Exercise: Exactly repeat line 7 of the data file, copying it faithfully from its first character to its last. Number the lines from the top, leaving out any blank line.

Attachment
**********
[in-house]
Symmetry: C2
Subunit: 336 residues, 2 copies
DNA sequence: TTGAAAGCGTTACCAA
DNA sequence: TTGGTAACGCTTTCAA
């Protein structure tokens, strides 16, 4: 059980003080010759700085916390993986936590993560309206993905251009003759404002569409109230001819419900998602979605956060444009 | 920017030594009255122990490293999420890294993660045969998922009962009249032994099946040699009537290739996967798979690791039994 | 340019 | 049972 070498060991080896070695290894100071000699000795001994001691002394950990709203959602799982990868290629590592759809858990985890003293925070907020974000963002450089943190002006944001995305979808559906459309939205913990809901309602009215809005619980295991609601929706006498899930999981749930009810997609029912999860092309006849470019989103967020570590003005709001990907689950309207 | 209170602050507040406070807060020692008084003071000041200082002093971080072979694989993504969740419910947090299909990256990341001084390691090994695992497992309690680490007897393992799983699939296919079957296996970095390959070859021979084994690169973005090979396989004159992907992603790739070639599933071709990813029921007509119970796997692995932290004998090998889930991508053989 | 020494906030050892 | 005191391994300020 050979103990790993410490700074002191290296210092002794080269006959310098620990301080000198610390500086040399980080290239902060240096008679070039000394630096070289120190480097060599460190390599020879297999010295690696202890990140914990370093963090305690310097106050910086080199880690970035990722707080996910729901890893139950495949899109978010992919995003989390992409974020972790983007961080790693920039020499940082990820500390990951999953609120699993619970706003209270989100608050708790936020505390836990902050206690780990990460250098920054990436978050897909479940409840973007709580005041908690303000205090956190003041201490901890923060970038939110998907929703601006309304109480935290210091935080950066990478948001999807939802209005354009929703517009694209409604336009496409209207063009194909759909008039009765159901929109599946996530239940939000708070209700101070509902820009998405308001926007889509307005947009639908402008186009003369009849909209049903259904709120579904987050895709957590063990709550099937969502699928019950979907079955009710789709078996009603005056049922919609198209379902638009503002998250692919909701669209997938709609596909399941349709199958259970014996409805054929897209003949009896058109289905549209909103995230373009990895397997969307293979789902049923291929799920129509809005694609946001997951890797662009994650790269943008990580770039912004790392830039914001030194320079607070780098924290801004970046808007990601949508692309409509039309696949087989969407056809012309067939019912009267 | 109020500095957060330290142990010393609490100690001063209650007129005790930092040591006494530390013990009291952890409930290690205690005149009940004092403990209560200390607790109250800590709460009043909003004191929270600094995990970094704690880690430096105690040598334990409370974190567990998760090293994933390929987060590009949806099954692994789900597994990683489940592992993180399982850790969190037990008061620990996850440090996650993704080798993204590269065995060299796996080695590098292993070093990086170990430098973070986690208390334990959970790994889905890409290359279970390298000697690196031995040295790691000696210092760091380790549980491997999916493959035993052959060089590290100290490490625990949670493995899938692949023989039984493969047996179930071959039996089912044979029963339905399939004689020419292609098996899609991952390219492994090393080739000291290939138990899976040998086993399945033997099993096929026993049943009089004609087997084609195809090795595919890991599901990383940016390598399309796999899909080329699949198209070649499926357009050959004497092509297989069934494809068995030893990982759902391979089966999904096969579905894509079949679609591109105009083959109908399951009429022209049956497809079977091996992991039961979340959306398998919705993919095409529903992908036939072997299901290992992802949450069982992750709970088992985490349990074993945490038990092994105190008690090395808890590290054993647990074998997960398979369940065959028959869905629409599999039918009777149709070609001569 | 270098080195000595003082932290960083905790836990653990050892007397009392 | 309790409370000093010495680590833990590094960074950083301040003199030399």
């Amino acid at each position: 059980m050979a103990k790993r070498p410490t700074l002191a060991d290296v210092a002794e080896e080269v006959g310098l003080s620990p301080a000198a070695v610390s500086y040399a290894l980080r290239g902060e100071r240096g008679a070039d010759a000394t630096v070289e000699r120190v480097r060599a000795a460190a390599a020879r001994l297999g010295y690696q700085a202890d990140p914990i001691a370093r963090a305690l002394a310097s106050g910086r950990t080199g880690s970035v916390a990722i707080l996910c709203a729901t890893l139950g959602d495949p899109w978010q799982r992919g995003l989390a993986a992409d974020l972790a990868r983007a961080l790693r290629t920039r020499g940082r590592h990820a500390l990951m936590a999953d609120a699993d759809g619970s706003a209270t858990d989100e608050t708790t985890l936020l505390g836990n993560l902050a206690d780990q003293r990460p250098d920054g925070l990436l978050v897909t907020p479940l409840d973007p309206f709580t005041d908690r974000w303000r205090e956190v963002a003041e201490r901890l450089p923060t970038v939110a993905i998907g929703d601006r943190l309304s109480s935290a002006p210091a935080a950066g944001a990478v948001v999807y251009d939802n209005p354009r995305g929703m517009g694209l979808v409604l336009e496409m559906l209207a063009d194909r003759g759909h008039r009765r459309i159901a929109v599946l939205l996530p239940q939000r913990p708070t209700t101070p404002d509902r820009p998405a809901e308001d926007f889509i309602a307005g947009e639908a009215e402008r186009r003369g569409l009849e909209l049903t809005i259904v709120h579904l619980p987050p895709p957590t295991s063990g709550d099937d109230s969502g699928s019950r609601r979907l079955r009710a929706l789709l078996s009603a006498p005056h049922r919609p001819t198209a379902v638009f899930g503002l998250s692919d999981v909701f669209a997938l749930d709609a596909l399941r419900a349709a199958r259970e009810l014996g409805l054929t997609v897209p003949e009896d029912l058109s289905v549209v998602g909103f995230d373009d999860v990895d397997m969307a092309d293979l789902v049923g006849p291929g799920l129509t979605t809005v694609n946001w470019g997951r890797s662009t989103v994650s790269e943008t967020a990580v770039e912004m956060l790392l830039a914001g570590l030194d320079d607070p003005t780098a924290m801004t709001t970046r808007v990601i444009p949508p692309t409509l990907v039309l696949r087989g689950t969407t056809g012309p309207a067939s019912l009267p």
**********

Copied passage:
């Amino acid at each position: 059980m050979a103990k790993r070498p410490t700074l002191a060991d290296v210092a002794e080896e080269v006959g310098l003080s620990p301080a000198a070695v610390s500086y040399a290894l980080r290239g902060e100071r240096g008679a070039d010759a000394t630096v070289e000699r120190v480097r060599a000795a460190a390599a020879r001994l297999g010295y690696q700085a202890d990140p914990i001691a370093r963090a305690l002394a310097s106050g910086r950990t080199g880690s970035v916390a990722i707080l996910c709203a729901t890893l139950g959602d495949p899109w978010q799982r992919g995003l989390a993986a992409d974020l972790a990868r983007a961080l790693r290629t920039r020499g940082r590592h990820a500390l990951m936590a999953d609120a699993d759809g619970s706003a209270t858990d989100e608050t708790t985890l936020l505390g836990n993560l902050a206690d780990q003293r990460p250098d920054g925070l990436l978050v897909t907020p479940l409840d973007p309206f709580t005041d908690r974000w303000r205090e956190v963002a003041e201490r901890l450089p923060t970038v939110a993905i998907g929703d601006r943190l309304s109480s935290a002006p210091a935080a950066g944001a990478v948001v999807y251009d939802n209005p354009r995305g929703m517009g694209l979808v409604l336009e496409m559906l209207a063009d194909r003759g759909h008039r009765r459309i159901a929109v599946l939205l996530p239940q939000r913990p708070t209700t101070p404002d509902r820009p998405a809901e308001d926007f889509i309602a307005g947009e639908a009215e402008r186009r003369g569409l009849e909209l049903t809005i259904v709120h579904l619980p987050p895709p957590t295991s063990g709550d099937d109230s969502g699928s019950r609601r979907l079955r009710a929706l789709l078996s009603a006498p005056h049922r919609p001819t198209a379902v638009f899930g503002l998250s692919d999981v909701f669209a997938l749930d709609a596909l399941r419900a349709a199958r259970e009810l014996g409805l054929t997609v897209p003949e009896d029912l058109s289905v549209v998602g909103f995230d373009d999860v990895d397997m969307a092309d293979l789902v049923g006849p291929g799920l129509t979605t809005v694609n946001w470019g997951r890797s662009t989103v994650s790269e943008t967020a990580v770039e912004m956060l790392l830039a914001g570590l030194d320079d607070p003005t780098a924290m801004t709001t970046r808007v990601i444009p949508p692309t409509l990907v039309l696949r087989g689950t969407t056809g012309p309207a067939s019912l009267p």